On a sticky morning on the slopes of Mount Kenya, Solomon Wambogo Munyua sprinkles water on the long and sturdy green shoots of the garlic crop he planted in January.
His farm is just one-eighth of an acre, perched on the humid mountainside in the fertile East African Rift Valley, over which glacier-capped peaks loom.
It isn’t an easy existence, and his concerns include issues ranging from transportation costs to the low prices paid for produce.
But these complaints are dwarfed by a new challenge farmers such as Munyua feel powerless to fight: imports of Chinese garlic flooding into the Kenyan market.
Munyua, 38, and other local farmers say they are being undercut by producers who ship garlic almost 7,000 miles by sea from the world’s most populous country. They accuse Beijing of “garlic dumping” and say they can’t compete.
“If you go the markets you will see that 80 percent of garlic is from China,” said James Kamau, who runs a support group for fellow farmers.
Munyua and Kamau, 40, are among those who say that China’s growing presence in Kenya is having a negative impact on their lives, culture, and ability to make ends meet.
But garlic is only a microcosm of the impact Chinese influence and investment are having across Africa.
The agriculture sector employs 40 percent of Kenya’s 49 million people and accounts for 26 percent of its economy.
In recent years, China has offered African countries loans, development aid and vast infrastructure projects as part of the Belt and Road Initiative, a $1.4 trillion network of modern trading routes.
Kenya now owes 72 percent of its bilateral debt — or around $5.3 billion — to China. That’s around one-fifth of Kenya’s total external debt.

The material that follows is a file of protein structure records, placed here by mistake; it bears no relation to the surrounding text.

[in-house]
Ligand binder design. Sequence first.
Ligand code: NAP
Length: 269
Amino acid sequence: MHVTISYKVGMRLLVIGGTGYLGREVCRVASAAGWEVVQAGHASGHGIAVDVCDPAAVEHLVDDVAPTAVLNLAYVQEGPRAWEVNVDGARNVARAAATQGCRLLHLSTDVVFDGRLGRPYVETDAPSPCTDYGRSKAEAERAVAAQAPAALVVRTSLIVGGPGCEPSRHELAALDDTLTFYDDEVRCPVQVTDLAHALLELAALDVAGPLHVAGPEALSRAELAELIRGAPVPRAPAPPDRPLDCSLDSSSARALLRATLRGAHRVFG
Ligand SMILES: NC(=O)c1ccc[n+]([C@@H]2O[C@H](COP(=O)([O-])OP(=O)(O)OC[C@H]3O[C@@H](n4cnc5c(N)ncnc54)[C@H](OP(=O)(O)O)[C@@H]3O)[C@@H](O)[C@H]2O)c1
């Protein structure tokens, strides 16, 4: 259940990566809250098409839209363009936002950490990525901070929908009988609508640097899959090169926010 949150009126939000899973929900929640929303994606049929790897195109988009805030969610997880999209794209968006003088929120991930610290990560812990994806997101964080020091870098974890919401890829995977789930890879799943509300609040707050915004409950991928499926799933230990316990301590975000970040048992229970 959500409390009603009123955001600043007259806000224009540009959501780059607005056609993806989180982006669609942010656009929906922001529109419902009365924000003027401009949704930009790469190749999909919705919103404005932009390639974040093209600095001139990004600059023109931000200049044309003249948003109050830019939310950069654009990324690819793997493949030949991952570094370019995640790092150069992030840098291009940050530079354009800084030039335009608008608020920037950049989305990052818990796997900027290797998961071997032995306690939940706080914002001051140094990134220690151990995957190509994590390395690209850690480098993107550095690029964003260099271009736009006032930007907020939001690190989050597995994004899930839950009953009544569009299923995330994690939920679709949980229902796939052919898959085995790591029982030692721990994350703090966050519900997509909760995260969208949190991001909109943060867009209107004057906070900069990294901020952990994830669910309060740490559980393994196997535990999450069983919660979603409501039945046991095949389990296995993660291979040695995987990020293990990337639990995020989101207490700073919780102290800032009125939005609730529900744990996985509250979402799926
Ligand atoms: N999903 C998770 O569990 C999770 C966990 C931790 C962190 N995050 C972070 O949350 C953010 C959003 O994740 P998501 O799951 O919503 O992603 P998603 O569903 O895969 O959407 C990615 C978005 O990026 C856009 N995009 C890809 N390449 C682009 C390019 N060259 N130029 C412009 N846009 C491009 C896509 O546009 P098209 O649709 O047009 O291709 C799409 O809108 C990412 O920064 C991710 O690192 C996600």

With China holding the purse strings, it has the upper hand in any battle of wills — and garlic is just the latest foodstuff to be at the center of tensions here.
In October, Beijing’s ambassador to Kenya threatened a trade war after Chinese fish imports were halted amid claims the market was being flooded.
China also threatened to pull funding for the second phase of a railway line connecting Nairobi with the major Indian Ocean port of Mombasa. China financed and built the initial stage of the project at an estimated cost of $3.2 billion, making it Kenya’s most expensive infrastructure project since independence from Britain in 1963.
Around three months later, Kenya relented and scrapped the import ban on Chinese fish. It cited market forces.
Most garlic farms in Nyeri County, the remote area where Munyua is based, are small-scale operations.
The location of his small plot of land makes it difficult to transport produce after it is harvested in May and November.
Munyua has to rent donkeys to carry the garlic along steep mountain cliffs and through forested valleys before reaching a mud road. Kiawara, the nearest town, is a 30-minute drive away from his farm and a further 4-hour journey from the capital, Nairobi.
Munyua planted his garlic shoots in January, with the help of two workers he hires for the day at a cost of $3 each.
There’s ample water supply and rich volcanic soil here on what Munyua calls “virgin land.” His plot typically yields up to 600 pounds of garlic per season — earning him as much as $400, enough to send his son and daughter to school.